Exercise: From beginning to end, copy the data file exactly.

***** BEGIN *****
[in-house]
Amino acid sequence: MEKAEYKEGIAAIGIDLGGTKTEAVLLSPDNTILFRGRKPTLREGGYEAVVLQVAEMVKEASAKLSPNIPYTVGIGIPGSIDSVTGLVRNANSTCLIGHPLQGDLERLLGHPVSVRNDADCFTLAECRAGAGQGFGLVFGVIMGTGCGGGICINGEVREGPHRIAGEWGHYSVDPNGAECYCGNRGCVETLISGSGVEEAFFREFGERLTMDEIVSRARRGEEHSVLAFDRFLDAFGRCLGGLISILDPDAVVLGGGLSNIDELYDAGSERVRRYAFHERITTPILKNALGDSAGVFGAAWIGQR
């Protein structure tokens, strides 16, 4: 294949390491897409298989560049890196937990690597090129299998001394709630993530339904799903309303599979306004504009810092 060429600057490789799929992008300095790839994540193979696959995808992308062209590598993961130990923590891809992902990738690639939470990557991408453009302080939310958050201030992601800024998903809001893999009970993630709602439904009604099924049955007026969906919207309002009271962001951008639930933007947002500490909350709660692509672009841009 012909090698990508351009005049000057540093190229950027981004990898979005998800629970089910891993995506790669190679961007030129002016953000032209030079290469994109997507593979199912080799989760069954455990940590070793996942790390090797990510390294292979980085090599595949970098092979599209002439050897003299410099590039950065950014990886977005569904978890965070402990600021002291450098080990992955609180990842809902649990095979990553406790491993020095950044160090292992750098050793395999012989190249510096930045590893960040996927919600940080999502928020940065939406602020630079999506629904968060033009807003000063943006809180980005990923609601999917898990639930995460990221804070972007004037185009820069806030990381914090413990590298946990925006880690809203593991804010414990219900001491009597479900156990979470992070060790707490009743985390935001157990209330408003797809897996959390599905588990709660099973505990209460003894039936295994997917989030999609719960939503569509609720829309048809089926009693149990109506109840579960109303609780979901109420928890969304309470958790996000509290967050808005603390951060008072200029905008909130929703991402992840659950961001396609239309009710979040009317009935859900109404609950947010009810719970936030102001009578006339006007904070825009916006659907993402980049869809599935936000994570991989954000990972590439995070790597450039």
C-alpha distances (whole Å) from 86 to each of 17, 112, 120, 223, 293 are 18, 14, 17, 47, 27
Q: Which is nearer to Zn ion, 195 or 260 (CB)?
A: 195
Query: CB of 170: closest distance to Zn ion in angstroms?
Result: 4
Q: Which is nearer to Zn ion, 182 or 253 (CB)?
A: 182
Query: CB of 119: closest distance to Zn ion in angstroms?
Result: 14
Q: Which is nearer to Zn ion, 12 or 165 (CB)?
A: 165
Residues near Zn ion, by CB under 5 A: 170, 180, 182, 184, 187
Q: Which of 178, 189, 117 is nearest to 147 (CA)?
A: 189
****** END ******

[in-house]
Amino acid sequence: MEKAEYKEGIAAIGIDLGGTKTEAVLLSPDNTILFRGRKPTLREGGYEAVVLQVAEMVKEASAKLSPNIPYTVGIGIPGSIDSVTGLVRNANSTCLIGHPLQGDLERLLGHPVSVRNDADCFTLAECRAGAGQGFGLVFGVIMGTGCGGGICINGEVREGPHRIAGEWGHYSVDPNGAECYCGNRGCVETLISGSGVEEAFFREFGERLTMDEIVSRARRGEEHSVLAFDRFLDAFGRCLGGLISILDPDAVVLGGGLSNIDELYDAGSERVRRYAFHERITTPILKNALGDSAGVFGAAWIGQR
């Protein structure tokens, strides 16, 4: 294949390491897409298989560049890196937990690597090129299998001394709630993530339904799903309303599979306004504009810092 060429600057490789799929992008300095790839994540193979696959995808992308062209590598993961130990923590891809992902990738690639939470990557991408453009302080939310958050201030992601800024998903809001893999009970993630709602439904009604099924049955007026969906919207309002009271962001951008639930933007947002500490909350709660692509672009841009 012909090698990508351009005049000057540093190229950027981004990898979005998800629970089910891993995506790669190679961007030129002016953000032209030079290469994109997507593979199912080799989760069954455990940590070793996942790390090797990510390294292979980085090599595949970098092979599209002439050897003299410099590039950065950014990886977005569904978890965070402990600021002291450098080990992955609180990842809902649990095979990553406790491993020095950044160090292992750098050793395999012989190249510096930045590893960040996927919600940080999502928020940065939406602020630079999506629904968060033009807003000063943006809180980005990923609601999917898990639930995460990221804070972007004037185009820069806030990381914090413990590298946990925006880690809203593991804010414990219900001491009597479900156990979470992070060790707490009743985390935001157990209330408003797809897996959390599905588990709660099973505990209460003894039936295994997917989030999609719960939503569509609720829309048809089926009693149990109506109840579960109303609780979901109420928890969304309470958790996000509290967050808005603390951060008072200029905008909130929703991402992840659950961001396609239309009710979040009317009935859900109404609950947010009810719970936030102001009578006339006007904070825009916006659907993402980049869809599935936000994570991989954000990972590439995070790597450039």
C-alpha distances (whole Å) from 86 to each of 17, 112, 120, 223, 293 are 18, 14, 17, 47, 27
Q: Which is nearer to Zn ion, 195 or 260 (CB)?
A: 195
Query: CB of 170: closest distance to Zn ion in angstroms?
Result: 4
Q: Which is nearer to Zn ion, 182 or 253 (CB)?
A: 182
Query: CB of 119: closest distance to Zn ion in angstroms?
Result: 14
Q: Which is nearer to Zn ion, 12 or 165 (CB)?
A: 165
Residues near Zn ion, by CB under 5 A: 170, 180, 182, 184, 187
Q: Which of 178, 189, 117 is nearest to 147 (CA)?
A: 189